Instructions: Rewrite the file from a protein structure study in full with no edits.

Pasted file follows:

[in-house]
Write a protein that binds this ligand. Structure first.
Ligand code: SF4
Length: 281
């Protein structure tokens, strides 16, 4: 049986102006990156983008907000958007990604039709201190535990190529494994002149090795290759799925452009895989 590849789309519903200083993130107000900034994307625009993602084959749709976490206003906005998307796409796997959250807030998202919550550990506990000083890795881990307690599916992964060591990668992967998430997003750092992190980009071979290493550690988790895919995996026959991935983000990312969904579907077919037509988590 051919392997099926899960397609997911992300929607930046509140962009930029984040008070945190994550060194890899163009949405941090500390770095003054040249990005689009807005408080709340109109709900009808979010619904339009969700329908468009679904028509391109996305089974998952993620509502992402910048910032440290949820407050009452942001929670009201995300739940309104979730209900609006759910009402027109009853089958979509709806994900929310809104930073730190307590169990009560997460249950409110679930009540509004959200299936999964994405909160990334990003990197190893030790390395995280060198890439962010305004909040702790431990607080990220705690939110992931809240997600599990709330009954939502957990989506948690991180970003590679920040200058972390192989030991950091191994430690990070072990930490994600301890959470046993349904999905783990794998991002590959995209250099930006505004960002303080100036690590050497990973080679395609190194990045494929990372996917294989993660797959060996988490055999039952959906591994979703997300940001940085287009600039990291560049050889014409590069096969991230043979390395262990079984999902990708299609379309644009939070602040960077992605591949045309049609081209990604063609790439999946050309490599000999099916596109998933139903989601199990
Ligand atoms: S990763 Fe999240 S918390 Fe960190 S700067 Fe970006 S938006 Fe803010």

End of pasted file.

[in-house]
Write a protein that binds this ligand. Structure first.
Ligand code: SF4
Length: 281
């Protein structure tokens, strides 16, 4: 049986102006990156983008907000958007990604039709201190535990190529494994002149090795290759799925452009895989 590849789309519903200083993130107000900034994307625009993602084959749709976490206003906005998307796409796997959250807030998202919550550990506990000083890795881990307690599916992964060591990668992967998430997003750092992190980009071979290493550690988790895919995996026959991935983000990312969904579907077919037509988590 051919392997099926899960397609997911992300929607930046509140962009930029984040008070945190994550060194890899163009949405941090500390770095003054040249990005689009807005408080709340109109709900009808979010619904339009969700329908468009679904028509391109996305089974998952993620509502992402910048910032440290949820407050009452942001929670009201995300739940309104979730209900609006759910009402027109009853089958979509709806994900929310809104930073730190307590169990009560997460249950409110679930009540509004959200299936999964994405909160990334990003990197190893030790390395995280060198890439962010305004909040702790431990607080990220705690939110992931809240997600599990709330009954939502957990989506948690991180970003590679920040200058972390192989030991950091191994430690990070072990930490994600301890959470046993349904999905783990794998991002590959995209250099930006505004960002303080100036690590050497990973080679395609190194990045494929990372996917294989993660797959060996988490055999039952959906591994979703997300940001940085287009600039990291560049050889014409590069096969991230043979390395262990079984999902990708299609379309644009939070602040960077992605591949045309049609081209990604063609790439999946050309490599000999099916596109998933139903989601199990
Ligand atoms: S990763 Fe999240 S918390 Fe960190 S700067 Fe970006 S938006 Fe803010």